NHTSA gives the green light to develop rules for vehicle-to-vehicle communication systems which let cars converse. Will this prevent crashes?
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Drivers today may fume at each other in fits of road rage, but within a few years their cars will be negotiating to avoid accidents.
On Monday, the National Highway Traffic Safety Administration (NHTSA), part of the US Department of Transportation (DOT), said it will move ahead with a plan to draft rules covering the implementation of vehicle-to-vehicle (V2V) communication technology for crash avoidance.
US Transportation secretary Anthony Foxx said in a statement that the technology will play an important role in getting people to their destinations safely while ensuring continued US automotive industry leadership.
Unlike the technology behind Google's self-driving cars, V2V communication is not intended to replace human drivers with automated braking or steering (though the NHTSA is investigating active sensors). Rather, in conjunction with V2I (vehicle-to-infrastructure) systems and GPS data, it's designed to augment situational awareness. It does this by transmitting speed and position data 10 times every second over a dedicated short-range communications (DSRC) network.
DSRC is similar to WiFi but it operates over a different portion of the radio spectrum: a 75-MHz band around 5.9 GHz. It was chosen over the unlicensed 2.4-GHz and 5-GHz WiFi bands because the proliferation of WiFi-enabled devices could lead to network congestion and interference. In addition, DSRC has been designed to prioritize data associated with safety applications and to handle outdoor networking between vehicles moving up to 120 mph. WiFi was designed for indoor usage at walking speeds.
With V2V and V2I data, the NHTSA believes it can identify risks and help drivers avoid collisions. Two of the potential V2V applications being explored are dynamic speed harmonization and queue warning. Dynamic speed harmonization calculates optimal speeds for vehicles to avoid highway congestion, for automatic or manual speed adjustment. Queue warning checks for car queues in the roadway ahead and provides information about slowdowns.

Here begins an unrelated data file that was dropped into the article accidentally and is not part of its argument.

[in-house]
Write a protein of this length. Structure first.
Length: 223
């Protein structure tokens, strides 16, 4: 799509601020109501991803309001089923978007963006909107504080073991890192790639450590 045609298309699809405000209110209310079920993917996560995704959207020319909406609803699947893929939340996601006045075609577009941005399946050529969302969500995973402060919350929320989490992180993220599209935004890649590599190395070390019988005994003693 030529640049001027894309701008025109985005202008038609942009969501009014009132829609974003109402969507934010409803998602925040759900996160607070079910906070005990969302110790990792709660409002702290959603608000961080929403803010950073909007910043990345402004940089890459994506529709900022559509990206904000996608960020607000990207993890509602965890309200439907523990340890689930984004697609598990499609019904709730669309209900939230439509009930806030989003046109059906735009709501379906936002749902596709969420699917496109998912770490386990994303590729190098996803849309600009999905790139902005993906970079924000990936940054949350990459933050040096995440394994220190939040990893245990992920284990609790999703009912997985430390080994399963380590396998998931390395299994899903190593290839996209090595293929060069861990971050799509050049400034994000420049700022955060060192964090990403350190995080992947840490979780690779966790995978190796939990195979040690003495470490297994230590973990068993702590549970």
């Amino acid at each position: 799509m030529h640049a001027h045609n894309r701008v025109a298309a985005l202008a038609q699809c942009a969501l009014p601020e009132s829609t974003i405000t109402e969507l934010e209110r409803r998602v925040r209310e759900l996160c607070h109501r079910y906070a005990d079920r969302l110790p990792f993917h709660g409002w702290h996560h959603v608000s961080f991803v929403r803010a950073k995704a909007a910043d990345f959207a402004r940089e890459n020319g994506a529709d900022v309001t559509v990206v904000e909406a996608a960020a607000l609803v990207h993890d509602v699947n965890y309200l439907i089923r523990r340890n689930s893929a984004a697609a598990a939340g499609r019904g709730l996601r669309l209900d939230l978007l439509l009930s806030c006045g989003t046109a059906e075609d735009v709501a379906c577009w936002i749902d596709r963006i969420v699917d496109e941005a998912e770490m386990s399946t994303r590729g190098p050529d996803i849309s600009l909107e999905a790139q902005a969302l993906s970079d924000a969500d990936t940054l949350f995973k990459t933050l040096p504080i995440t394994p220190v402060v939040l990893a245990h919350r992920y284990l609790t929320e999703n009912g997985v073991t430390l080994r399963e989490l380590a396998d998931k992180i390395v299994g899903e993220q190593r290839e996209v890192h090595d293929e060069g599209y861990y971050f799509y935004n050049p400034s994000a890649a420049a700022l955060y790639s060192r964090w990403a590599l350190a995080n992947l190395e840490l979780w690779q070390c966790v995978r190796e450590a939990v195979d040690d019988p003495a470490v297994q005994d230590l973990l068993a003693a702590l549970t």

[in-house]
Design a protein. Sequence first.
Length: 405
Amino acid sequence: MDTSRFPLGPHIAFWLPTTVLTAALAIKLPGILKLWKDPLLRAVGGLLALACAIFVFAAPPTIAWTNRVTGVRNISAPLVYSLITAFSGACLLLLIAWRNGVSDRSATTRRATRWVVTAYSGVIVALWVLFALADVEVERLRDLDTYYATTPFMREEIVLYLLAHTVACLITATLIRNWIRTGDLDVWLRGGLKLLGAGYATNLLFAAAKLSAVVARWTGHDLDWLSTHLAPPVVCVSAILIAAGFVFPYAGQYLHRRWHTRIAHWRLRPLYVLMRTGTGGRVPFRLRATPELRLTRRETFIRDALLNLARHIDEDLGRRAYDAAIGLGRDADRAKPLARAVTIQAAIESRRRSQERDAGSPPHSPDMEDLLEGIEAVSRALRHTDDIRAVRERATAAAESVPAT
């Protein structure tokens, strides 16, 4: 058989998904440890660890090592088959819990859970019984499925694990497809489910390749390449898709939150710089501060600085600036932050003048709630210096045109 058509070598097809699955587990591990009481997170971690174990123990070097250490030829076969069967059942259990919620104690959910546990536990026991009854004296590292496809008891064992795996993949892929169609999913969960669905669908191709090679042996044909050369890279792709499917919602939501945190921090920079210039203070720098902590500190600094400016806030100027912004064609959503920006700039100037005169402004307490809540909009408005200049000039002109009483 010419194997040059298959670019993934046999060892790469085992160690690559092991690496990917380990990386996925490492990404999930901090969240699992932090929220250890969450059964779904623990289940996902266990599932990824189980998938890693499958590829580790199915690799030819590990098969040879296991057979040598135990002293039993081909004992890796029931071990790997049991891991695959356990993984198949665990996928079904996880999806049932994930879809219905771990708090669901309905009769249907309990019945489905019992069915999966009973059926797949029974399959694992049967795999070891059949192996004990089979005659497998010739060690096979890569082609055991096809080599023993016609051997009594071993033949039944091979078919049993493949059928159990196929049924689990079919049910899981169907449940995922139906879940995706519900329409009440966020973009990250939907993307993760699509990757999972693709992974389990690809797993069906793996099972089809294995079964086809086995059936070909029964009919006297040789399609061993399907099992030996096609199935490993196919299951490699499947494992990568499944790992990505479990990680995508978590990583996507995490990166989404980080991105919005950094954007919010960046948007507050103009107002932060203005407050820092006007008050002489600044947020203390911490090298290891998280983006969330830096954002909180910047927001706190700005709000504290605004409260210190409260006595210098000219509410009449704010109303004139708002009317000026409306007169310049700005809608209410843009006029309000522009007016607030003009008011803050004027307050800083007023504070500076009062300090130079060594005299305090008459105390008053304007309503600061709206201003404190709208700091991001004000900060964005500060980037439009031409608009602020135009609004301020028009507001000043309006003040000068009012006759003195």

The NHTSA is still finalizing the results of a year-long pilot study of V2V technology and expects to publish its findings in a few weeks. David Friedman, acting administrator of the NHTSA, in a blog post said the technology "has the potential to help drivers avoid or mitigate 70% to 80% of vehicle crashes involving unimpaired drivers, and that could help prevent many thousands of deaths and injuries on our roads every year."
Though the technology will take decades to become commonplace, its privacy implications can be expected to stir contentious debate. For instance, deploying police officers to catch speeders becomes unnecessary when cars broadcast their speed data 10 times a second -- tickets could be emailed the moment a car exceeds the legal limit. Alternately, cars could have their speed limited to what the law allows, which would cut revenue from moving violation fines, leaving municipal leaders searching for new taxes to cover the shortfall. Or insurance companies might require speed limit compliance monitoring as a condition of a favorable rate, if the option to exceed speed limits remains in human hands.
Cars will soon be talking to one another using V2V communications, but it remains to be determined who or what will be listening and whether cars, their drivers, and other interested parties will be required to act on what's said.
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Thomas Claburn has been writing about business and technology since 1996, for publications such as New Architect, PC Computing, InformationWeek, Salon, Wired, and Ziff Davis Smart Business. Before that, he worked in film and television, having earned a not particularly useful ... View Full Bio
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